Trump doesn’t speak for most Americans – and he doesn’t speak to them, either

Trump in Mississippi.
Trump in Mississippi.

What can you say after the president of the United States publicly ridicules a woman for making a credible allegation of sexual assault, peddles lies wholesale and is cheered on – maybe even egged on — by a crowd of addled fans who roar their support no matter what he says and laugh with delight no matter how cruel he is.

Trump’s raging riffs at a political rally in Mississippi on Tuesday night for once didn’t require the media to put them in much context. Simply listening to them will leave normal people revolted.

So it’s worth pointing out the obvious: Trump wasn’t speaking to normal people.

He was, instead, speaking to an audience made up almost entirely of members of his white-nationalist tribe, self-selected to attend the latest of a series of rallies that not only serve Trump’s narcissism but offer participants an orgiastic celebration of their deepest hatreds, where they can rage among the likeminded, taunt the “fake news” media, bask in a brush with celebrity, and get caught up in the same kind of fervent hysteria normally reserved for football games, game shows, and tent revivals.

Trump exists in a bubble of adoration, from the courtiers with whom he surrounds himself at the White House to his audiences, which are either restricted to fans only or at venues where confrontation is essentially impossible.

He is hardly the first president to live within a bubble. I wrote frequently about George W. Bush’s bubble at the time. It led him to an exaggerated view of how persuasive he was. And it failed him when he tried fruitlessly to sell the privatization of Social Security to the masses, while only addressing ticketed audiences — with the tickets being distributed by his own party.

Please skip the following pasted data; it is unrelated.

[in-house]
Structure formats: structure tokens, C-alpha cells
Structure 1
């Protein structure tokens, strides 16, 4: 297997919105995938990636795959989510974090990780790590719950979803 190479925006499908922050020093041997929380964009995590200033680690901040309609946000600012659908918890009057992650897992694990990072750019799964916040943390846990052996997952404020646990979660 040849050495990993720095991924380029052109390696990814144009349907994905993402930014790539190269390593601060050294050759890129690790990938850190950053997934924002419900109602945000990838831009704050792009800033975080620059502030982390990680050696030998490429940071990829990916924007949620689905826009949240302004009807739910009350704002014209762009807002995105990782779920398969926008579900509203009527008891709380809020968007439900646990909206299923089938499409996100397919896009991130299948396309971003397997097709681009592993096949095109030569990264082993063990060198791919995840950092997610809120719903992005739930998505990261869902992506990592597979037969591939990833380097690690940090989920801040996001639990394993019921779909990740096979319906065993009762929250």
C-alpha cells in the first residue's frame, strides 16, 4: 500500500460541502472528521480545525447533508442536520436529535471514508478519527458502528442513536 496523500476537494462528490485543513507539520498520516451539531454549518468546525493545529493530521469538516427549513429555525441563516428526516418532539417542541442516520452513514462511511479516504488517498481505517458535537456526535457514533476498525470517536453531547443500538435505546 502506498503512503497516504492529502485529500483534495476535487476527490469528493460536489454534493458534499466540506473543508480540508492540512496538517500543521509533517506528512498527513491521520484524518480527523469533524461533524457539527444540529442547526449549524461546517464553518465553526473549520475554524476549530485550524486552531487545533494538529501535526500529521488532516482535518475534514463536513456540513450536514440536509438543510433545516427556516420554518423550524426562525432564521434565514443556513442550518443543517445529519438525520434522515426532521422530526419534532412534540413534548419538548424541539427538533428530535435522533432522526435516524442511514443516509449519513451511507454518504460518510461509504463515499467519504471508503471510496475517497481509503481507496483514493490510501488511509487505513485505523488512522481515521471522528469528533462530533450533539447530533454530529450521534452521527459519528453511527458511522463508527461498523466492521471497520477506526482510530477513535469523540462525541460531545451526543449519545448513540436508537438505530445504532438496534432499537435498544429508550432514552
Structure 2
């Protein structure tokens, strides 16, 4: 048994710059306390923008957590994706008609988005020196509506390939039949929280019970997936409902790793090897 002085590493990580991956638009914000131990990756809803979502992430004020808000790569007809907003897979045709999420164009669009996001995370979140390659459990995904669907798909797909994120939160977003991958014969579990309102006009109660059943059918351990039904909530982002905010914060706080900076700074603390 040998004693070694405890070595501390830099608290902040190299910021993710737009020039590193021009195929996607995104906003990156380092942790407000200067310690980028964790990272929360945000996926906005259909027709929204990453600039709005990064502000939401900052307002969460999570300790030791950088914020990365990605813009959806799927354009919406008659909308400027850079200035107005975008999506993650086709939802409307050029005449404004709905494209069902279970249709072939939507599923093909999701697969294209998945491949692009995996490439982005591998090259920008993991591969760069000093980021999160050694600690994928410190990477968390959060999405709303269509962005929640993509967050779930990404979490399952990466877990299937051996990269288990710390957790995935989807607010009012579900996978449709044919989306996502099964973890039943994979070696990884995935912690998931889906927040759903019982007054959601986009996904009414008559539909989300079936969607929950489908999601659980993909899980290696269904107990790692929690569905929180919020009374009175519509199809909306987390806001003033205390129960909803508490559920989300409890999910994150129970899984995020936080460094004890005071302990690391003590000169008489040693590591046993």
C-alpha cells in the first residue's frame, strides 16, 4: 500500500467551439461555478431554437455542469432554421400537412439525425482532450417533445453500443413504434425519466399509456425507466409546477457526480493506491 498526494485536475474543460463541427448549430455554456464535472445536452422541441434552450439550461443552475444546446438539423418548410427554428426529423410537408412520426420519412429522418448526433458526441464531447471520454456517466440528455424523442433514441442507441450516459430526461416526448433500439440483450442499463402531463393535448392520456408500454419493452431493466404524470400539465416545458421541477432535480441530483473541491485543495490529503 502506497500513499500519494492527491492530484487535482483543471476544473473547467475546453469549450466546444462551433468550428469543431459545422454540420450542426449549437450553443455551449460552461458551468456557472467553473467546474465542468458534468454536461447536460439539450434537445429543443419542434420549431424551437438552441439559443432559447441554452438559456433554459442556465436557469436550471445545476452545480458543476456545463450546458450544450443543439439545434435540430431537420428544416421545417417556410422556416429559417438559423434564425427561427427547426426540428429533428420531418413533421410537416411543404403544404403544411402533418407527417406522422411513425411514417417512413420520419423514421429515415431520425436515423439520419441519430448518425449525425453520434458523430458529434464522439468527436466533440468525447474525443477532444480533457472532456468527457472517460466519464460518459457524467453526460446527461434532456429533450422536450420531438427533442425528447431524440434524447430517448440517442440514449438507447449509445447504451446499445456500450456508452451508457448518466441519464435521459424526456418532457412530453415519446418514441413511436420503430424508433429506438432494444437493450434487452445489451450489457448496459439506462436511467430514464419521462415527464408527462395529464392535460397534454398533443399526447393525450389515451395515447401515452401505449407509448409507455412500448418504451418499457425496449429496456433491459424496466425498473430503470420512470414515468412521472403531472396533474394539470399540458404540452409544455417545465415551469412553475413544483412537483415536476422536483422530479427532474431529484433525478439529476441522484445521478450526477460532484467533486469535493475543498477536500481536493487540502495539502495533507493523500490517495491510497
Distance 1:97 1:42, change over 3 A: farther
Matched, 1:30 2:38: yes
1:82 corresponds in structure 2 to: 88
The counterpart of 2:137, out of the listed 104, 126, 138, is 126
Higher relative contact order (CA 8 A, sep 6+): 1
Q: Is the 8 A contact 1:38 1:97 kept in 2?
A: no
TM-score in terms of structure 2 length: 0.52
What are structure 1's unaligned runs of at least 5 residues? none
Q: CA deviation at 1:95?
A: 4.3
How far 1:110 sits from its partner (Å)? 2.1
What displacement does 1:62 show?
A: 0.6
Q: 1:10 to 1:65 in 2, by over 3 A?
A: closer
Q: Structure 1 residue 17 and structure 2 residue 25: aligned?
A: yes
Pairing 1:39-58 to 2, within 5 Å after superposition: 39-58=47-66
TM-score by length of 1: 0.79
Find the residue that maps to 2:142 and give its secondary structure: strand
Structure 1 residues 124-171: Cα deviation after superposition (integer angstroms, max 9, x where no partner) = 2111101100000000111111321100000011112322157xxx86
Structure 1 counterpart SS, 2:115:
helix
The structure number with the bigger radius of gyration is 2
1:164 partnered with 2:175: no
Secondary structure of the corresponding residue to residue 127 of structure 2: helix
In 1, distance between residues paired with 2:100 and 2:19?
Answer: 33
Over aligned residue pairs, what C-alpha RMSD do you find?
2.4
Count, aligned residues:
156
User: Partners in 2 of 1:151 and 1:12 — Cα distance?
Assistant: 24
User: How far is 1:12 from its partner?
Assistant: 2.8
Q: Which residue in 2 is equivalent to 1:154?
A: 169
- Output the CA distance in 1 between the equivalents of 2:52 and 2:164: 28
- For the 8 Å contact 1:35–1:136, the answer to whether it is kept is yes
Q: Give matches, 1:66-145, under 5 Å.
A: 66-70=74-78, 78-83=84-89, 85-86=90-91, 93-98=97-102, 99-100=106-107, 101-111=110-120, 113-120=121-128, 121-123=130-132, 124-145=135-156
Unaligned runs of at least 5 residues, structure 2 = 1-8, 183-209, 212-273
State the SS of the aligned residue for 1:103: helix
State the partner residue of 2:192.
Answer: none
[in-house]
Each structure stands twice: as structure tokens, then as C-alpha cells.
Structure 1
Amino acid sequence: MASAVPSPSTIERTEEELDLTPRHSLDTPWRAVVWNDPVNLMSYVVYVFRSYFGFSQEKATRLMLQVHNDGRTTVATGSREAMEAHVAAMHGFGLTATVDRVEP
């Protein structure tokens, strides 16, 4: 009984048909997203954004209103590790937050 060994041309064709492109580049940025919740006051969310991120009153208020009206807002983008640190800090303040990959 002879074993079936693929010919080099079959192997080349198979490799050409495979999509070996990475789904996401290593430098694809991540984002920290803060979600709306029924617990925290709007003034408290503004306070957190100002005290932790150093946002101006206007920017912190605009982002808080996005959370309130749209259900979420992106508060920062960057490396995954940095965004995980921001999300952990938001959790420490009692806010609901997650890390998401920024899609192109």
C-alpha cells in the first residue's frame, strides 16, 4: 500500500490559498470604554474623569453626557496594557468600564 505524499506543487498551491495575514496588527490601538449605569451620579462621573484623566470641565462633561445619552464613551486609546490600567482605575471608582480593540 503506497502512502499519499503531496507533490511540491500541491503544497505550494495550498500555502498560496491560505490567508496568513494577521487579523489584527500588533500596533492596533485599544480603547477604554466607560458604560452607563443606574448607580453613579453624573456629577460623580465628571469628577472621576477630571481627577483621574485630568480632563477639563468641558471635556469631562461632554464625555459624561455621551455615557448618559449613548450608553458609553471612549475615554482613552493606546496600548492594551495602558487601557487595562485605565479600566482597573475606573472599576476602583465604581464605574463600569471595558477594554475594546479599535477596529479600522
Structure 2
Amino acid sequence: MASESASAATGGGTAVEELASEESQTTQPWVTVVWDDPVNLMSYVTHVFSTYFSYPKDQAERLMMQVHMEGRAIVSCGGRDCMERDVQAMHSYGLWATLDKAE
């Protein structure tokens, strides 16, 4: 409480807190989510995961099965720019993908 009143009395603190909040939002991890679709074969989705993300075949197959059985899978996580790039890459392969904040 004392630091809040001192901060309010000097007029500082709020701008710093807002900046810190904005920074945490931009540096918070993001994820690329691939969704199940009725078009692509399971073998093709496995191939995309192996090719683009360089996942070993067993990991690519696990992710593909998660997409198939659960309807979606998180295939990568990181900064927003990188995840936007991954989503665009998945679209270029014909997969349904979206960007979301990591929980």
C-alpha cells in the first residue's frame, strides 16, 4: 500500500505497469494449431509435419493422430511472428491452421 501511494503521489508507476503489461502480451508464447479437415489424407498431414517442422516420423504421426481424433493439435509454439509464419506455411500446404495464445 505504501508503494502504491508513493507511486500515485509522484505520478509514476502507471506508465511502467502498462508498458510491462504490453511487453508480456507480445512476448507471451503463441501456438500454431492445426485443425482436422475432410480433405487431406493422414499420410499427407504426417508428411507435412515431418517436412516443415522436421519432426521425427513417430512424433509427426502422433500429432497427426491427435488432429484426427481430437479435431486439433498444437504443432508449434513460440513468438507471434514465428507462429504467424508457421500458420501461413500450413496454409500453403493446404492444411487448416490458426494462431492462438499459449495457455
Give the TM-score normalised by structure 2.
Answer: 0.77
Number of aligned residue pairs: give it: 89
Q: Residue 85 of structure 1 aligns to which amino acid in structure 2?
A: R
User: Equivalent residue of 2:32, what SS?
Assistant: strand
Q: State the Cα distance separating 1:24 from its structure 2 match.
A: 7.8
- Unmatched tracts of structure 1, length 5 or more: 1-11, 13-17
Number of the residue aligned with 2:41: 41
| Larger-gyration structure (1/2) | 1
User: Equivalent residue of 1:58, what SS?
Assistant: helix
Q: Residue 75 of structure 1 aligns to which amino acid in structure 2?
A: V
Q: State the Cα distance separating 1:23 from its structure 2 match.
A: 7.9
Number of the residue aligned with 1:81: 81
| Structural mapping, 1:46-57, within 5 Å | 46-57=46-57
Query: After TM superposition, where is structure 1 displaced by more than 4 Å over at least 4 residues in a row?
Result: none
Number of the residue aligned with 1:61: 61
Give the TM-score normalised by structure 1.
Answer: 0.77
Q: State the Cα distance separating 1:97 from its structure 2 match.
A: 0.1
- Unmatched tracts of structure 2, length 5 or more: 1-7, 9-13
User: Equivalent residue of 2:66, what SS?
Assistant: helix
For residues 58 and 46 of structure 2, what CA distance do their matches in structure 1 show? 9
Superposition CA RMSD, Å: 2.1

Barack Obama railed against the bubble, and even lanced it now and then, but increasingly avoided direct contact with critics, especially in public.

But Trump’s bubble puts them all to shame. For one, it’s completely intentional: Trump has no interest in speaking to all of America. He doesn’t even try. He speaks only to his tribe, to incite them. They respond with the worship he craves, and the vicious cycle continues.

One of the few people I’ve heard call attention to this problem is Hillary Clinton, who raised it on Tuesday at the Atlantic Festival.

Trump, she said “has a view of America that is incredibly constrictive. And he talks to that America.  He talks to them all the time.”

The next president may not be as intentionally divisive as Trump has been – it’s hard to imagine anyone could be. And the next president, unlike Trump, will almost assuredly at least try to act as the president of all Americans.

Nevertheless, one possible lesson to be learned here is that the presidency should come with rules – or, barring that, explicitly stated assumptions – that prevent presidents from only addressing their supporters and never encountering normal people.

This is yet another theme I want to return to over time. Please feel free to leave comments or email me at with your ideas and your suggestions about who I should interview.

UPDATE at 10:33 a.m. ET:

Trump tweets:

1 thought on “Trump doesn’t speak for most Americans – and he doesn’t speak to them, either”

  1. Dan…… have made an important point. Trump is changing the perception of the Presidency.

    Here are my comments following Trump’s press conference on Monday, October 1:

    Of all the norms the current President has obliterated, one that has not been a matter of emphasis is the fact that the current WHO (White House Occupant) clearly speaks for one political party as a totally partisan politician, not as President of all Americans. He operates more as a Prime Minister, the Head of a Party, instead of a President – representing everyone, including all those who did not vote for him. Until now, prior Presidents understood they were at least expected to appear to be the representative of the country as a whole. They would at least speak on behalf of the nation, seeking to embody the values of the country. The contrast of “the shining city on a hill” with “Democrats are treasonous and un-American “ because they didn’t applaud his State of the Union speech is jarring – or at least, it should be.


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